Navajo Lake Marina Creates Bustling Desert ResortPublished on April 5, 2018
Within Navajo Lake State Park in the scenic high desert of New Mexico, boaters have flocked to the Four Corners area at Navajo Lake Marina. A 15,000-acre body of water at full level, the dam-filled lake was completed in 1962. It was part of the Colorado River Storage Project and serves as the main storage reservoir for the Navajo Indian Irrigation Project, providing water for about 110,000 acres of land. It’s a hidden gem in New Mexico. Many don’t even know the lake is there. Owner Jarrett Johnson has worked hard to change that, making amazing strides.
The marina’s exact location on the water varies with the water level. It sits approximately 10 miles from the small community of Navajo Dam and more than 25 miles from the nearest grocery store. But boaters have no trouble finding the remote, pristine location and they have kept returning to the lake paradise in the desert.
Once a Boater, Always
Johnson is president of Navajo Dam Enterprises Inc., (NDE) the entity that operates the marina, and runs the day-to-day business. He grew up boating with his parents from the coast of Halifax, Canada, to Barbados in the Caribbean, and many places in between and inland.
Johnson operates NDE with his partner and mother, Margaret Vandervalk. “She has a multitude of job titles,” Johnson said. Among them, she is an attorney, which became instrumental in securing the permits and approvals necessary for renovations and improvements at Navajo Lake Marina.
Johnson grew up in the Dallas area and was in the real estate business before marinas. He began eyeing marinas as an business in 2005 and got serious about acquiring one in around 2008. It would still be another five years before he bought Navajo Lake Marina. During that time, Johnson made efforts to purchase other marinas, but deals fell through, and he spent extensive time visiting marinas. He had essentially been doing that all his life, but began going to look at the business, ask questions and take pictures. He has been to well more than 1,000 marinas and has more than 40,000 photos from his travels.
“I like to take people’s ideas and tweak them into my own ideas,” Johnson said. “Every marina, no matter how large or small, does something better than someone else. There’s something that can be taken away from every marina. I’m looking for that one great idea.”
Johnson has brought many of those ideas to his marina, where he turned a quiet desert marina into a bustling boater center. Not only a place for long-term slipholders, but also a gathering place at the waterfront, the marina caters to customers interested in fishing, boat rentals, birthday parties, or just a great day at the waterfront. Johnson has meticulously tailored his amenities to appeal to many different kinds of boaters, young and old, new and experienced. He’s helping to breed the next generation of boaters, in the middle of the New Mexico desert. For this and many reasons, Marina Dock Age magazine congratulates Navajo Dam Marina as the 2017 large Marina of the Year winner.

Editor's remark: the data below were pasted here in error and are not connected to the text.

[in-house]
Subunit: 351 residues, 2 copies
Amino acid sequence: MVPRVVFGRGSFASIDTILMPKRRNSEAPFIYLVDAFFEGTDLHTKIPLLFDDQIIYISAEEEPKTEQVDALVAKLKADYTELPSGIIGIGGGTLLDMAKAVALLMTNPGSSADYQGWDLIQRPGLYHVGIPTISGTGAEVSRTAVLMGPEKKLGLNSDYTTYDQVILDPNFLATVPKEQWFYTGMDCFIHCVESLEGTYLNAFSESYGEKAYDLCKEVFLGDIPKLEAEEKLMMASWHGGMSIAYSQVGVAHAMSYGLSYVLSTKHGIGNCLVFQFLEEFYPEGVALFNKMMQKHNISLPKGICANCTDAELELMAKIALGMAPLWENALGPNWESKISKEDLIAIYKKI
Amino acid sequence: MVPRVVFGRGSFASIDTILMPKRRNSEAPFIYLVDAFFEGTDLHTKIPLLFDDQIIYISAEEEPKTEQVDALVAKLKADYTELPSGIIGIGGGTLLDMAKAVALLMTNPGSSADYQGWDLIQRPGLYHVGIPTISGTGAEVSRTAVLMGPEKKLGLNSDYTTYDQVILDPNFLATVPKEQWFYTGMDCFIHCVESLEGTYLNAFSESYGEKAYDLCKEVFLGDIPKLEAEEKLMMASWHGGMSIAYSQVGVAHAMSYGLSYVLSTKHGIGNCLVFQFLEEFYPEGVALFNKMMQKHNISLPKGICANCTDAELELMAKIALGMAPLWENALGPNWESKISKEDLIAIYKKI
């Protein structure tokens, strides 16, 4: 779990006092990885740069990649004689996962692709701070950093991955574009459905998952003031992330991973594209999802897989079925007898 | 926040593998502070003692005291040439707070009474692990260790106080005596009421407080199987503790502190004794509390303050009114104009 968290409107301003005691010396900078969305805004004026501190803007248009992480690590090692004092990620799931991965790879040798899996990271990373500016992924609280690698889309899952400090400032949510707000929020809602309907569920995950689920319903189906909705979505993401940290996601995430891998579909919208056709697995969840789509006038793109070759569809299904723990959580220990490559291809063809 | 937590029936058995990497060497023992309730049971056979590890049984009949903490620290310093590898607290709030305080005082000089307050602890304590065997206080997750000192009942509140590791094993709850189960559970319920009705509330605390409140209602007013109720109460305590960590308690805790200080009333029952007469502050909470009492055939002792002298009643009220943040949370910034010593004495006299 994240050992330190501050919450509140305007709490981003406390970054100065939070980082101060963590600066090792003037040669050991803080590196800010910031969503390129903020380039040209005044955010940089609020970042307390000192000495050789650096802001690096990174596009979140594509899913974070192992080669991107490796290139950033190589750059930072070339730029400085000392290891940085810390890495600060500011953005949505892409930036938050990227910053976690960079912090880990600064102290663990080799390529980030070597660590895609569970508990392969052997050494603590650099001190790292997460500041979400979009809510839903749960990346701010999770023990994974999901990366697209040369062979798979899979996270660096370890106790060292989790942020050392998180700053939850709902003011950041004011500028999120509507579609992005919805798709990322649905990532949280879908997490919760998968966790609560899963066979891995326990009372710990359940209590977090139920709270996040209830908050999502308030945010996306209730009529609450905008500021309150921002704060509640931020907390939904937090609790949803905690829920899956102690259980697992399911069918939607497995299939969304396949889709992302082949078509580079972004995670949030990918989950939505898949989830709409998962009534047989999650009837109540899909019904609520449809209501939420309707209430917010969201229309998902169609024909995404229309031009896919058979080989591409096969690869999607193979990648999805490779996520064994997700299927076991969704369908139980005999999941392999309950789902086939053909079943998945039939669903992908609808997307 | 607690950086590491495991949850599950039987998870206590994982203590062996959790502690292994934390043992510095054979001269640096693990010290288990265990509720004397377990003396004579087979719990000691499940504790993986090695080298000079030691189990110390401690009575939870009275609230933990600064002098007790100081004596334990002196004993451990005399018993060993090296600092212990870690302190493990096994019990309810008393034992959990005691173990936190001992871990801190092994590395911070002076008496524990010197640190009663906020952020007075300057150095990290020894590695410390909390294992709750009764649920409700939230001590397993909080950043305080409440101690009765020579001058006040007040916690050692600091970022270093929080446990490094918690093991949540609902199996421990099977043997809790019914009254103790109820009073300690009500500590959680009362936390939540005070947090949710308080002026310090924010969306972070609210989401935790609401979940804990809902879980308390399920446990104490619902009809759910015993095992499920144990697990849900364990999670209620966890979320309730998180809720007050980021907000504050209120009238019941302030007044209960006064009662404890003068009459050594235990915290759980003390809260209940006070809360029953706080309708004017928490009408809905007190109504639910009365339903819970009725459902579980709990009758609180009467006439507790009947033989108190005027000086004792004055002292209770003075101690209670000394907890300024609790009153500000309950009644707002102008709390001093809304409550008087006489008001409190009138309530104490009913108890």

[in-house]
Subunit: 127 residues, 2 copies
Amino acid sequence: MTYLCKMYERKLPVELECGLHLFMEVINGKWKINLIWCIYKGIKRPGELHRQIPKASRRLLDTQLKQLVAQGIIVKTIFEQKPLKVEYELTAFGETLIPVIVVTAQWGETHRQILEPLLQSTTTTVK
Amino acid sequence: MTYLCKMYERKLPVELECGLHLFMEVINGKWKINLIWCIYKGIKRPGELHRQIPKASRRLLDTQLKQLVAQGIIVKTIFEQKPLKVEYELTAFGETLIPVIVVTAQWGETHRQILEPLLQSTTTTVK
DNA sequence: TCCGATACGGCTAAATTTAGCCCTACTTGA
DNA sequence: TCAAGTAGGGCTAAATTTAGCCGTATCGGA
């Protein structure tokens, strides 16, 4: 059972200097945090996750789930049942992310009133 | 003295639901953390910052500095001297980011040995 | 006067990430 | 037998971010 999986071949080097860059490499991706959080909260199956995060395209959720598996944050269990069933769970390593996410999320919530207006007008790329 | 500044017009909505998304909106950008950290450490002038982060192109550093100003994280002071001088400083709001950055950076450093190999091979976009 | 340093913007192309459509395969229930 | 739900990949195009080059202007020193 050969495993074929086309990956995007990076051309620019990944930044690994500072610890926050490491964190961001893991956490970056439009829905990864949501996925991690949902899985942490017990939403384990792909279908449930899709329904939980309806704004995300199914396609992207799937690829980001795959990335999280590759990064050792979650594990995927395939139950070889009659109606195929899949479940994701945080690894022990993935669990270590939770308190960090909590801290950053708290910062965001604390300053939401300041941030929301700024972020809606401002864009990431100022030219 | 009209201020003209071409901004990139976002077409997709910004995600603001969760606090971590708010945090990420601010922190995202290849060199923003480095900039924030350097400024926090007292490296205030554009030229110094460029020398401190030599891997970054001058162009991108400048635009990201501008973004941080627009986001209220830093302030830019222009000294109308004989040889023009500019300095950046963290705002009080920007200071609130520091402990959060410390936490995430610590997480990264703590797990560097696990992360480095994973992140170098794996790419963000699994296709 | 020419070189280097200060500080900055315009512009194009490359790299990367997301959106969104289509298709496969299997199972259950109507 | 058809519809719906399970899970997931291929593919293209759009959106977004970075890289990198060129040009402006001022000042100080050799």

The initial slips at the marina were built by New Mexico State Parks (NMSP) in 1964. The next year, a fishing barge was added, and by the mid 1980s, the barge included a ship’s store and restaurant. NMSP turned the operation over to a private concessionaire in 1986. Three private operators ran the marina through its initial 20-year lease, which was extended to 30 years. The next operation bid went out in late 2015, and in March 2016, NDE was awarded a 30-year concession through March 2036. More than $1.5 million was invested into the property, prior to the new concession agreement, and another $3 million has gone into the marina since then.
The operation had been on cruise control for some time before Johnson began operations, and he had a much grander vision. There was a waiting list for slips at Navajo Lake Marina, when Johnson bought it, and he knew it had so much potential. Marina Dock Age previously wrote about much of the renovations done at Navajo Lake Marina, in the July/August 2017 issue on page 24. The charts on page 14 also list a number of the renovations and amenities at Navajo Lake Marina.
Johnson saw potential everywhere, in the store and restaurant, which were adequate but not profit centers. He saw potential in boat rentals and at the 8-foot wide covered walkway out front, where visitors and kids fishing and boats coming to the store, all competed for limited space.
The space and new slips relieved pent up demand and made better use of the space as a gathering area, including courtesy slips, and it greatly reduced congestion.
At 6,100 feet elevation, winters are cold, but the marina operates year-round. Revenues at the marina have increased substantially from 2013 to 2017. The ownership put in a huge investment and has been paid back with more customers, full slips, and new visitors.
Johnson said that although the winters are slow, he feels it’s important to support full-time positions for his employees. “We’re slow in the winter months, and I’m going to find a way to keep them busy and work on future projects,” Johnson said. The marina has a maintenance staff of six, which it keeps very busy. Aside from the dock construction, the staff does a lot of the building in-house for other projects. The marina has gone from 13 to 17 full-time employees.